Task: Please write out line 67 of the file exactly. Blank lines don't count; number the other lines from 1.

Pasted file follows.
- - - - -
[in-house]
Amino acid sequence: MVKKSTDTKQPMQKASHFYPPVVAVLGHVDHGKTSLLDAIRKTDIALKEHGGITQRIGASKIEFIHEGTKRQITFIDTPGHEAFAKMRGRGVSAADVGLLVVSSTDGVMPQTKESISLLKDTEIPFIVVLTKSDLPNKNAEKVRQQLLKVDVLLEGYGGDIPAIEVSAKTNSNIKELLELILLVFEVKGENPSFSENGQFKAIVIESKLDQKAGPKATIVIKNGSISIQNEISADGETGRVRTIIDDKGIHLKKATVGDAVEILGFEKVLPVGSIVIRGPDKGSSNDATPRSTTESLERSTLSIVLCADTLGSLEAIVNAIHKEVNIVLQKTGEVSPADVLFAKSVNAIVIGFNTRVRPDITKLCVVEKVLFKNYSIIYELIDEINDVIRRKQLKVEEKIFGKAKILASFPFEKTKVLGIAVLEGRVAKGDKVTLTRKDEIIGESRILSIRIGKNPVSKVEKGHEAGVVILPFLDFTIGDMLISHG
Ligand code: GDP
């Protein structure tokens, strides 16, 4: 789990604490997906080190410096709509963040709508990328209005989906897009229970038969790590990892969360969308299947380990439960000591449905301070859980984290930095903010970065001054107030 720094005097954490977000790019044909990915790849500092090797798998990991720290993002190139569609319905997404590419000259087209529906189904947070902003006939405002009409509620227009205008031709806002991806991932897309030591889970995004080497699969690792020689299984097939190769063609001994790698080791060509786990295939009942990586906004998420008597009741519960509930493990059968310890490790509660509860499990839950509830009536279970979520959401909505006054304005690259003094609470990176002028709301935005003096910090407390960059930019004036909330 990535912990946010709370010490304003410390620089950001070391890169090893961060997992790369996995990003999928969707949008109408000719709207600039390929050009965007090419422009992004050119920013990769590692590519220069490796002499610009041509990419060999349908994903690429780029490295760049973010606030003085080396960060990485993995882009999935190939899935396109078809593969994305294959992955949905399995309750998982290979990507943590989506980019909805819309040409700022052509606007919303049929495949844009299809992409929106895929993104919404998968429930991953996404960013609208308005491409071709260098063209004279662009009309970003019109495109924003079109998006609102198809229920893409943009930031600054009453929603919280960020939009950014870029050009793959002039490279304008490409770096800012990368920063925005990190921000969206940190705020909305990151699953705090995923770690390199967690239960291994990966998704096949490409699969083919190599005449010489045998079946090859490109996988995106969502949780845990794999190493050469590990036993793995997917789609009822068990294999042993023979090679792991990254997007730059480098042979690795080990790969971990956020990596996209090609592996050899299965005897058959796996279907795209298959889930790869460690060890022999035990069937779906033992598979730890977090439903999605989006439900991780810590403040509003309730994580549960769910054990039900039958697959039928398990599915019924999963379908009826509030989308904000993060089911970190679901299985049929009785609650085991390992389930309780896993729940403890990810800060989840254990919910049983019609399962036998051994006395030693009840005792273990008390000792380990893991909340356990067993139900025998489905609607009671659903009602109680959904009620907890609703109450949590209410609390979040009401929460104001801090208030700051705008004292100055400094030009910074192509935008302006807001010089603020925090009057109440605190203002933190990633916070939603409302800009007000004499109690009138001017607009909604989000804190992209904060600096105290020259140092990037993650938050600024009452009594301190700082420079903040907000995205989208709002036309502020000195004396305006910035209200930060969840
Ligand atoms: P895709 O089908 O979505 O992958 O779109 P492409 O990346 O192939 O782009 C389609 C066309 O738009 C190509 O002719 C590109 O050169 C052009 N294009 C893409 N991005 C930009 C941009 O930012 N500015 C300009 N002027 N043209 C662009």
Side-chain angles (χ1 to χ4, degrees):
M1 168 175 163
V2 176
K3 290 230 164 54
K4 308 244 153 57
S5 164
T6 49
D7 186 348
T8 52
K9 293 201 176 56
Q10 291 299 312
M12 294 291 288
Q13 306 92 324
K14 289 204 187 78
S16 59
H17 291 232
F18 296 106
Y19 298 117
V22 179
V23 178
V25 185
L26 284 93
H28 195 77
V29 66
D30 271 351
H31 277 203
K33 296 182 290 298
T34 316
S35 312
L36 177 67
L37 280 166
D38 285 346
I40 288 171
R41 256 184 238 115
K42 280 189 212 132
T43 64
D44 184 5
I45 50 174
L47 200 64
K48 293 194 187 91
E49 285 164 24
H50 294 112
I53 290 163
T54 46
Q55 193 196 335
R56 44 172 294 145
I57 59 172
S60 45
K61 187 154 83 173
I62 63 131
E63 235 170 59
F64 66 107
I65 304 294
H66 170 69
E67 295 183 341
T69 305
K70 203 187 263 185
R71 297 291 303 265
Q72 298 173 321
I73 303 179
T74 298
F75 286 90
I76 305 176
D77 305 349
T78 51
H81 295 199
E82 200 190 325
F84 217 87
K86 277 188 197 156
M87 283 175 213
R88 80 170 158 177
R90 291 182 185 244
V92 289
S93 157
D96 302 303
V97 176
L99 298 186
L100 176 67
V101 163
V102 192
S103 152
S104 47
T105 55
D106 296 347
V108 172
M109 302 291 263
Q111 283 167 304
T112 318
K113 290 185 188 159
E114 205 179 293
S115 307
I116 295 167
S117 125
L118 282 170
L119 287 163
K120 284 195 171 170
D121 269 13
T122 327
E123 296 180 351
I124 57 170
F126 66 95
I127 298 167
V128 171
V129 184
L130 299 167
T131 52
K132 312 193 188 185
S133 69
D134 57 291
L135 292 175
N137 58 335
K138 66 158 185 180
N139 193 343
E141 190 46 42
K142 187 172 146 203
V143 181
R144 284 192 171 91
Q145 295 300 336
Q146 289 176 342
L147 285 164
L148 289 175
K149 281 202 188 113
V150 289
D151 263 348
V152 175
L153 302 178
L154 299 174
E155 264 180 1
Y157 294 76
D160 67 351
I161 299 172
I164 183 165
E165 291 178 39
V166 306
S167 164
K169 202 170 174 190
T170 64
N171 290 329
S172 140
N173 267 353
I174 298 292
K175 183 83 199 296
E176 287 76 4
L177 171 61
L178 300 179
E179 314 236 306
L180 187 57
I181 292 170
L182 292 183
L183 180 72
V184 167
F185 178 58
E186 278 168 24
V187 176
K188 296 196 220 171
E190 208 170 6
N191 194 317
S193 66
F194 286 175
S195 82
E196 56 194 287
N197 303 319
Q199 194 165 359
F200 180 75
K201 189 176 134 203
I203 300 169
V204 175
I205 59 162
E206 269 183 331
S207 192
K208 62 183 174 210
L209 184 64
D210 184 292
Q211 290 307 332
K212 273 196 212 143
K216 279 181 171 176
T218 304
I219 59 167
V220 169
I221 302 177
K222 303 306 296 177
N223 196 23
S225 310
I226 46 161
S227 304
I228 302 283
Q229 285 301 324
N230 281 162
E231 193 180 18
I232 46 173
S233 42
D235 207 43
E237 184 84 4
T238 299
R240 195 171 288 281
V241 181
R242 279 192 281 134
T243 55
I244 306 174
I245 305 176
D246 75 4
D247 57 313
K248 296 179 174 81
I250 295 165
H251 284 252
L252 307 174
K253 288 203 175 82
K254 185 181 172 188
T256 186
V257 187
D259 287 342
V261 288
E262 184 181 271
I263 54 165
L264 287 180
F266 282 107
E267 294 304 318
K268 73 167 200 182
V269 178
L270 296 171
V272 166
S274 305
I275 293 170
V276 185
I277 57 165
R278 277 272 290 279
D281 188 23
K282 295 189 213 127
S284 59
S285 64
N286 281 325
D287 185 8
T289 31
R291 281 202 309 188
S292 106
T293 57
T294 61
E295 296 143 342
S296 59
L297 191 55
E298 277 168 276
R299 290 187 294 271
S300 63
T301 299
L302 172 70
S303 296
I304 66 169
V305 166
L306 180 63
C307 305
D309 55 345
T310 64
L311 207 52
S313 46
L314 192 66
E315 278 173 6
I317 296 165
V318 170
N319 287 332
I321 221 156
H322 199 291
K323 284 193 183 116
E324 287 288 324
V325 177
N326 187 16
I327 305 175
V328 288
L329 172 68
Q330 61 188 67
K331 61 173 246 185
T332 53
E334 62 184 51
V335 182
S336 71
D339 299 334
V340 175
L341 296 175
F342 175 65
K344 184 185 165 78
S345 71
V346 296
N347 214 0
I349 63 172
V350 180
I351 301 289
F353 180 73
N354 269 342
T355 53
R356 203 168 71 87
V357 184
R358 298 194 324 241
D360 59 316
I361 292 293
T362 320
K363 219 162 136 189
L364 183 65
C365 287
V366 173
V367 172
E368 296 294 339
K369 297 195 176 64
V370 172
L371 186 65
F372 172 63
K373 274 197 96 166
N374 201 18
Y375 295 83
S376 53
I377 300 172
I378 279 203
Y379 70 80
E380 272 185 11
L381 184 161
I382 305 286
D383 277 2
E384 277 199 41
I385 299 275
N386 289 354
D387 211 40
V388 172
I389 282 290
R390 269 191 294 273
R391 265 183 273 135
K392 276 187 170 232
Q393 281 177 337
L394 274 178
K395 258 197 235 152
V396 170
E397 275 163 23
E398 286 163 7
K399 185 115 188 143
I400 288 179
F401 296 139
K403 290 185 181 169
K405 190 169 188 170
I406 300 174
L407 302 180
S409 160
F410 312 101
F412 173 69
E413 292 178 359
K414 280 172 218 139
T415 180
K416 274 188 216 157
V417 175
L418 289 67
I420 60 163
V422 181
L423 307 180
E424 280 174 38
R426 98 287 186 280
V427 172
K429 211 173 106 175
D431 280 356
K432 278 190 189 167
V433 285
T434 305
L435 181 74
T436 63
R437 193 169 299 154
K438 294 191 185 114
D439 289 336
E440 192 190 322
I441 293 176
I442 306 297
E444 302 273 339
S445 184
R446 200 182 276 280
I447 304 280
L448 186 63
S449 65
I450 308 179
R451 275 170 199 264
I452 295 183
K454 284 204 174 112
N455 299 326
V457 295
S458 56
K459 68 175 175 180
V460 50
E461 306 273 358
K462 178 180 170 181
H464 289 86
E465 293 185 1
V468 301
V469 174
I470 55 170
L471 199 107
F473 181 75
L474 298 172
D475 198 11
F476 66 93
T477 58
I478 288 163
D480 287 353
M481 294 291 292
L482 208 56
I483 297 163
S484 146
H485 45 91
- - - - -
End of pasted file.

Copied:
F75 286 90